Clinic Beats Slow Hospitals to be the First to Deliver Spinal Muscular Atrophy Drug in Michigan

The day after Christmas in 2016 brought a post-Holiday surprise to many in the U.S. with spinal muscular atrophy. December 26, 2016 marked the day that Spinraza was approved by the FDA. Read the original article here.
Spinraza is the first therapy for spinal muscular atrophy (SMA), so this was no small feat. Spinal muscular atrophy is a disease that is caused by a mutation in the survival neuron gene 1 (SMN 1). This disease takes away a person’s physical strength by affecting their motor nerve cells in the spinal cord. This eventually causes the patient to lose the ability to walk, eat, or even breathe. Spinal muscular atrophy is the leading cause of genetic death in infants.

Unfortunately, at the time of this article, less than 300 people had received the drug since its approval.

In Michigan alone, there are over 350 families suffering with SMA, but only one fortunate girl in the entire state has been administered the drug. Four-year-old Scarlet, became the lucky recipient on January 12, 2017.

While many large hospitals were not prepared to deliver the medicine, it was a small muscular dystrophy clinic in Farmington Hills that offered to give Scarlet the drug.

This begs the question, why were hospitals having so much trouble beginning the process of administering this new drug?

There are several reasons:

There has not been good communication in the hospitals about the new Spinraza drug and there seems to be a very secretive air about it.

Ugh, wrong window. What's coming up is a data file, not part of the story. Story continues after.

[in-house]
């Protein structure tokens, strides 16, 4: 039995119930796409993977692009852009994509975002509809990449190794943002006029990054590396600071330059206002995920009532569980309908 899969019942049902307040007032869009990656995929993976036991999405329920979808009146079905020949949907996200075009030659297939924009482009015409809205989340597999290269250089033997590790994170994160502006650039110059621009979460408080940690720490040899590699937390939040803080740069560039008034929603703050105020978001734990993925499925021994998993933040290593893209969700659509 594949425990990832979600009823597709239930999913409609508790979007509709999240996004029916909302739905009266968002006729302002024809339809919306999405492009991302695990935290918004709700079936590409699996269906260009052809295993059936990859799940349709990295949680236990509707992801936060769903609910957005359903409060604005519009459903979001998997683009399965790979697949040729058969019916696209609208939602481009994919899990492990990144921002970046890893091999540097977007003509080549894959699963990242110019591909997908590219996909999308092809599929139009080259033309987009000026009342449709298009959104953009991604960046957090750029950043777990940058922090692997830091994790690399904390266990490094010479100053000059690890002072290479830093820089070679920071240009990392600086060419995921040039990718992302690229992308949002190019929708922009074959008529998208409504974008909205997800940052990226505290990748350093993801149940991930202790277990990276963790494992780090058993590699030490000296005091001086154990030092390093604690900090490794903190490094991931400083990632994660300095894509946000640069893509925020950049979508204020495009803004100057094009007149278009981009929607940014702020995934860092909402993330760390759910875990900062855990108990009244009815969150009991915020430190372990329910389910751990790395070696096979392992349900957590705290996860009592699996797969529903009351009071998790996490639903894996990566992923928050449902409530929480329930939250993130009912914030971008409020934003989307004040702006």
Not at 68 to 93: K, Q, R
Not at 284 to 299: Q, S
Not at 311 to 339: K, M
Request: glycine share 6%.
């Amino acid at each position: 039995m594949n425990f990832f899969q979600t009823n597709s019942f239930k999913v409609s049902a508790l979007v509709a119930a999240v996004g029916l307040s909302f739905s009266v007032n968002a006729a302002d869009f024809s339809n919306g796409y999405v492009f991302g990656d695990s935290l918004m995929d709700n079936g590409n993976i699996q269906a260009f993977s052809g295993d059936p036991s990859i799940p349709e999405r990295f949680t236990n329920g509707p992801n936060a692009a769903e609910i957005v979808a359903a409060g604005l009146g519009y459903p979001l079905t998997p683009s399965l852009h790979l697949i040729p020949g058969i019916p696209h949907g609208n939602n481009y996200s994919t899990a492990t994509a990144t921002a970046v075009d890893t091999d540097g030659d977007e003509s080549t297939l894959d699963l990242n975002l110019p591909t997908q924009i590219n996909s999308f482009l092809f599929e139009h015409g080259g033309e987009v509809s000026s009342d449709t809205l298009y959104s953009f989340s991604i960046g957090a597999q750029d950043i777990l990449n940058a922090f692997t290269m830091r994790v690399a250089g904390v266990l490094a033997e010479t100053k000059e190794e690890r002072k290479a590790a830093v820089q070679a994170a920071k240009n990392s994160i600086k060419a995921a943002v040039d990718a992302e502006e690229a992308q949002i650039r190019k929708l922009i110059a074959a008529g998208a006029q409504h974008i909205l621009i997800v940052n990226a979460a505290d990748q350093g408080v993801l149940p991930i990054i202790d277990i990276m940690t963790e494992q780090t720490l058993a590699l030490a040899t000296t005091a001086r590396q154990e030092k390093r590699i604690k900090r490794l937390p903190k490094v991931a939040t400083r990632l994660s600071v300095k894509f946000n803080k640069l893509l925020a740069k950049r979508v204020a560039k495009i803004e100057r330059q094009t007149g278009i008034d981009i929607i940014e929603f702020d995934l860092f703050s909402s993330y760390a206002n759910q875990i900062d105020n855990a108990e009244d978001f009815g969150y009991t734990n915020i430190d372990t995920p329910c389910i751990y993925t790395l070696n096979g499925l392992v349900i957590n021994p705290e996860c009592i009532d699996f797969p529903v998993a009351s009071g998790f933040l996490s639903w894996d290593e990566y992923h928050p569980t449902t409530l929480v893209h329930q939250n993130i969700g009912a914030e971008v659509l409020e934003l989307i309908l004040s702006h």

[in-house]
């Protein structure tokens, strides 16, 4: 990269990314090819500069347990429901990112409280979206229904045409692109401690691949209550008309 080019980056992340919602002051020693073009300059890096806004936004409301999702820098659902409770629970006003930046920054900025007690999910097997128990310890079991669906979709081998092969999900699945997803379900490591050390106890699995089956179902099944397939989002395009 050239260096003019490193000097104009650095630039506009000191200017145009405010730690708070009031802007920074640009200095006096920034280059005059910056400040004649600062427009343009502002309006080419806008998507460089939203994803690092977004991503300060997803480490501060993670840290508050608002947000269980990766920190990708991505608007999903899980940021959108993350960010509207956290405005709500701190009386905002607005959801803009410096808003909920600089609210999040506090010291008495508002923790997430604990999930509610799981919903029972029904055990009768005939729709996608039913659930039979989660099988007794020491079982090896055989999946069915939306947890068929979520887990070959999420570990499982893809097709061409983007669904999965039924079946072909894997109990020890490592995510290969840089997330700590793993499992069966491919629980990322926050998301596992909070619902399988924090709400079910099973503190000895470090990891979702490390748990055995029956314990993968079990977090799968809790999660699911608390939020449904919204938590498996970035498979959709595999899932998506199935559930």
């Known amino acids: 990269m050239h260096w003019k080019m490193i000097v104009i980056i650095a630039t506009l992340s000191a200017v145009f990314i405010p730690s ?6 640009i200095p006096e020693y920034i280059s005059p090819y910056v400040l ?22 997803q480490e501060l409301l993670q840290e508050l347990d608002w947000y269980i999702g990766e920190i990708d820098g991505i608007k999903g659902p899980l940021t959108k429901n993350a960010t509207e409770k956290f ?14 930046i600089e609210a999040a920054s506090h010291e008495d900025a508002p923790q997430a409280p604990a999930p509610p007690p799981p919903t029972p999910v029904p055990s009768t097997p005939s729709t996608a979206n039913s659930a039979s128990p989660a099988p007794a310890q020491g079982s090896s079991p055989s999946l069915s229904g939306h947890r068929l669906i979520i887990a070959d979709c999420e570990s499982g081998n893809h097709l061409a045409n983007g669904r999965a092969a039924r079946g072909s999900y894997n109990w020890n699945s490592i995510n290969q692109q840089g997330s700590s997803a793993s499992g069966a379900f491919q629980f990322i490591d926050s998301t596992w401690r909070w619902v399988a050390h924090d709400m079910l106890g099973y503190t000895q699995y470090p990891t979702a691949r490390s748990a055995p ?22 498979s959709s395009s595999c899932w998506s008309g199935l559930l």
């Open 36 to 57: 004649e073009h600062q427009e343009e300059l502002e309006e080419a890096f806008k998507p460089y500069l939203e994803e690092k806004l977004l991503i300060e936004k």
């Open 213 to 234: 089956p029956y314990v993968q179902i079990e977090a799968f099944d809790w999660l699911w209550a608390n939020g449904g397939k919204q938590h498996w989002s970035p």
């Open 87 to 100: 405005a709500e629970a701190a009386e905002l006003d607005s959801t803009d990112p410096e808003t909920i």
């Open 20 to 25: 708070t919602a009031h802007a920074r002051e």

Some hospitals and clinics sent letters out to families declaring that only certain kids were applicable for treatment with the drug or that families would simply have to put their names on a waiting list.

Another factor that is slowing down the process of getting this medicine out more quickly is because there is no clear process for administration. Because this is the first therapy for SMA that hospitals have seen, there is not a set up for an approved therapy in hospitals.

Also, big hospitals were caught unprepared when the FDA approved Spinraza several months sooner than everyone thought.
What can those with SMA look forward to?

There are over 15,000 people worldwide with SMA. Many are patiently awaiting the day when they will be allowed to take this potentially lifesaving medicine.

Kenneth Hobby, president of is excited about the new drug. He understands that this new drug will be a change in the SMA community, who can go from just coping to the disease to having hope. The SMA community now has something practical to look forward to.

For every child with SMA, each day without treatment means more muscle loss and the reality that their disease is progressing even more.

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